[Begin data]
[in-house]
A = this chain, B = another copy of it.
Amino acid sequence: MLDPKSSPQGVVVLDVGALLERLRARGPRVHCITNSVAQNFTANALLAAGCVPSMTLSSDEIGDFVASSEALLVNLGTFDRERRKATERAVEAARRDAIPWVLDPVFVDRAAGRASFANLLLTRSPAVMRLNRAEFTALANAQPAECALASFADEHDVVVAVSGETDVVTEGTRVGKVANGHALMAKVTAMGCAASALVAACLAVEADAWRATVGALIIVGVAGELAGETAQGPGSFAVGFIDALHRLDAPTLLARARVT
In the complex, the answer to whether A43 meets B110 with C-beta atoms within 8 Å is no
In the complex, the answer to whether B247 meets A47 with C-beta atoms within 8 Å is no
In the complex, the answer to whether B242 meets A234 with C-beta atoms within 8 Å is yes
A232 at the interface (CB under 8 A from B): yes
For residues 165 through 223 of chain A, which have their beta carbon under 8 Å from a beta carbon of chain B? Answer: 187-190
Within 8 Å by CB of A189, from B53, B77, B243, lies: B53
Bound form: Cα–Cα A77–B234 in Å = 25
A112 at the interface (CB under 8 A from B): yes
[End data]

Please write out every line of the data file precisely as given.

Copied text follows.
[in-house]
A = this chain, B = another copy of it.
Amino acid sequence: MLDPKSSPQGVVVLDVGALLERLRARGPRVHCITNSVAQNFTANALLAAGCVPSMTLSSDEIGDFVASSEALLVNLGTFDRERRKATERAVEAARRDAIPWVLDPVFVDRAAGRASFANLLLTRSPAVMRLNRAEFTALANAQPAECALASFADEHDVVVAVSGETDVVTEGTRVGKVANGHALMAKVTAMGCAASALVAACLAVEADAWRATVGALIIVGVAGELAGETAQGPGSFAVGFIDALHRLDAPTLLARARVT
In the complex, the answer to whether A43 meets B110 with C-beta atoms within 8 Å is no
In the complex, the answer to whether B247 meets A47 with C-beta atoms within 8 Å is no
In the complex, the answer to whether B242 meets A234 with C-beta atoms within 8 Å is yes
A232 at the interface (CB under 8 A from B): yes
For residues 165 through 223 of chain A, which have their beta carbon under 8 Å from a beta carbon of chain B? Answer: 187-190
Within 8 Å by CB of A189, from B53, B77, B243, lies: B53
Bound form: Cα–Cα A77–B234 in Å = 25
A112 at the interface (CB under 8 A from B): yes